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   MRI in Postpartum/Post-abortion Period Top

Retained products of conception (RPOCs) appear on MRI as intracavitary uterine soft tissue mass with variable T1- and T2-weighted signal intensity, variable contrast enhancement, variable degree of myometrial thinning, and loss of junctional zone [Figure 12]A and B. MRI can also show associated uterine anomalies, recognition of which can be of profound assistance in surgical planning.
Figure 12 (A and B): Patient presenting 6 weeks after spontaneous abortion with severe vaginal bleeding. (A) USG showed an intracavitary mass (straight arrow) with apparent myometrial invasion (bent arrow) at the fundus. Duplex waveform revealed characteristic low-resistance, high-velocity trophoblastic flow.
(B) T1W post Gd image shows bright enhancement in the mass with focal myometrial invasion/thinning at the fundus (black arrow). Probable MRI diagnosis was retained products of conception. S. b-HCG was 240 mIU/ml. D and E was done and histopathology revealed degenerating villi (d and e, Dilation and evacuation; S. b-HCG, serum b-human chorionic gonadotropin)

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MRI findings of gestational trophoblastic disease (GTD) overlap with RPOCs. Myometrial thinning, loss of junctional zone, and post Gd enhancement are not reliable signs for differentiation. However, presence of abnormal uterine vasculature and theca lutein cysts favor GTD [Figure 13]. MRI is also beneficial in disease staging by showing the uterine invasion and extrauterine disease in GTD. [31]
Figure 13: Patient presenting 6 weeks after spontaneous abortion with severe vaginal bleeding. Coronal fat-saturated post Gd T1W image shows intracavitary mass (straight black arrow) with myometrial invasion and brisk enhancement. There is presence of abnormal clustered flow voids (curved black arrow) within the mass. Bilateral theca lutein cysts (straight white arrows) are also seen. A confident MRI diagnosis of invasive molar pregnancy could be made. Serum b-HCG was >4200 mIU/ml and histopathology confirmed the MRI diagnosis (S. b-HCG, Serum b-human chorionic gonadotropin)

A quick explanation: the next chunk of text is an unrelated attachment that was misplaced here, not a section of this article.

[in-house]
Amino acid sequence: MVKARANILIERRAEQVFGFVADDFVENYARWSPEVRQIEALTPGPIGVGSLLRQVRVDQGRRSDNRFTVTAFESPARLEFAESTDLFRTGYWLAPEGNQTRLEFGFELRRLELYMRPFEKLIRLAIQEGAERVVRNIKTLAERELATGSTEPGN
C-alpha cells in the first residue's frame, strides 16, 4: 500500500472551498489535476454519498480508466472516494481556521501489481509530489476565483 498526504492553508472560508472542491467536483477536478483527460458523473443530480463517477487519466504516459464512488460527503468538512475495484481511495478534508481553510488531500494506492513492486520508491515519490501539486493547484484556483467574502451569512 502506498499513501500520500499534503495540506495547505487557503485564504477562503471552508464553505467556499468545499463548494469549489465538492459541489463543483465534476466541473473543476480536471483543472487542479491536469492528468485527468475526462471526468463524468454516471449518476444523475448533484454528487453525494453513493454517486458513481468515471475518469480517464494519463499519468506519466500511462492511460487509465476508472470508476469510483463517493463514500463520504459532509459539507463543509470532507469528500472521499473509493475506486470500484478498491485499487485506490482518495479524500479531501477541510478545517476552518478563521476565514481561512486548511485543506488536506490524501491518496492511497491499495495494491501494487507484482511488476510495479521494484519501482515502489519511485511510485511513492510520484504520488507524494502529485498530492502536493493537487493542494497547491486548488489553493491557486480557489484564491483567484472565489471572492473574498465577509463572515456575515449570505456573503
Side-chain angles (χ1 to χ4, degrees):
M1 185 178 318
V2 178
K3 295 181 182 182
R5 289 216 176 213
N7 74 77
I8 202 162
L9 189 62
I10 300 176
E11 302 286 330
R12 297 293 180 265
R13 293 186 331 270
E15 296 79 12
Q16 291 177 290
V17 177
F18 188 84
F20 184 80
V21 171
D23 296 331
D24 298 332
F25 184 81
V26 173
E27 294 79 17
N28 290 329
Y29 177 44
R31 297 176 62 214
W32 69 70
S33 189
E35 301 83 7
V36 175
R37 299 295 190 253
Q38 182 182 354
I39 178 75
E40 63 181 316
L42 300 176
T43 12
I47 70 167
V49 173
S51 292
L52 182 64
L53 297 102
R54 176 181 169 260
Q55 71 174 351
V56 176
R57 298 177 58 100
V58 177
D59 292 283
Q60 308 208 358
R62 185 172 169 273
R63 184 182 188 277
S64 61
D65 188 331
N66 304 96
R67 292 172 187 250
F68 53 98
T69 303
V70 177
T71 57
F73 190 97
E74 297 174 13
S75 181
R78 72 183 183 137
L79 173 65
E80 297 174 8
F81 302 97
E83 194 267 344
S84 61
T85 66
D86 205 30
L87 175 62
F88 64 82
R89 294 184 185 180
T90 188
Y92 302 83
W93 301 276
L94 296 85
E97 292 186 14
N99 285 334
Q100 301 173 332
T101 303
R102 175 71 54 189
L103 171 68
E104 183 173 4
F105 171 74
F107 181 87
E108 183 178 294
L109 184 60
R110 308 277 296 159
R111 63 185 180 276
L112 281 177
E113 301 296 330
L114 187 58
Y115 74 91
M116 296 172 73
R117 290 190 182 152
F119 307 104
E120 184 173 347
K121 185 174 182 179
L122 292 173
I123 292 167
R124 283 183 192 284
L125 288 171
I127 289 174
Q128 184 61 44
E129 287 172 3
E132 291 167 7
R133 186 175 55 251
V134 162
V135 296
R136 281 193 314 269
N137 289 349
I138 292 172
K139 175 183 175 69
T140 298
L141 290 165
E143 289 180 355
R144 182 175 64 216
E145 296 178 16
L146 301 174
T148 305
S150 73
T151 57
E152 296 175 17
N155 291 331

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   Conclusion Top

To summarize, MRI has an excellent troubleshooting role in various obstetric emergency situations. If TVS findings are inconclusive for ectopic gestation or when rare extratubal sites are suspected, MRI has a definite role. It has an edge over USG in APH by detection of small hematomas and active bleeding and should be done when USG is negative or inconclusive. The indications of MRI as an adjunct modality in MAP are now well defined. MRI can avert potential catastrophic event in uterine rupture by showing actual uterine defect as a cause for hemoperitoneum and should be done in hemodynamically stable patients. Multiplanar imaging and large FOV help solve many mysteries of torsed adnexae, uterine masses, and uterine anomalies complicated during gestation. In postpartum patients, RPOCs and GTN have many overlapping findings. Still, MRI can help in diagnosing gestational trophoblastic neoplasia with confidence by showing flow voids within the uterine mass in association with theca lutein cysts.

In conclusion, MRI is a safe imaging modality in pregnancy and fast enough to be done in emergency situations. The authors' experience is that it fills the lacuna for a problem-solving tool in potentially catastrophic obstetric conditions where USG is inadequate. Gd should be used judiciously, mainly in EP and postpartum or post-abortion conditions. Close coordination between the obstetric, USG, and MRI departments is crucial for pragmatic use of this much underutilized modality in emergency obstetric conditions.

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Conflicts of interest

There are no conflicts of interest.

   References Top

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Correspondence Address:
Dr. Rohini Gupta
Department of Radiodiagnosis, Vardhman Mahavir Medical College and Safdarjung Hospital, New Delhi - 110 029
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Source of Support: None, Conflict of Interest: None

DOI: 10.4103/0971-3026.178292

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  [Table 1], [Table 2]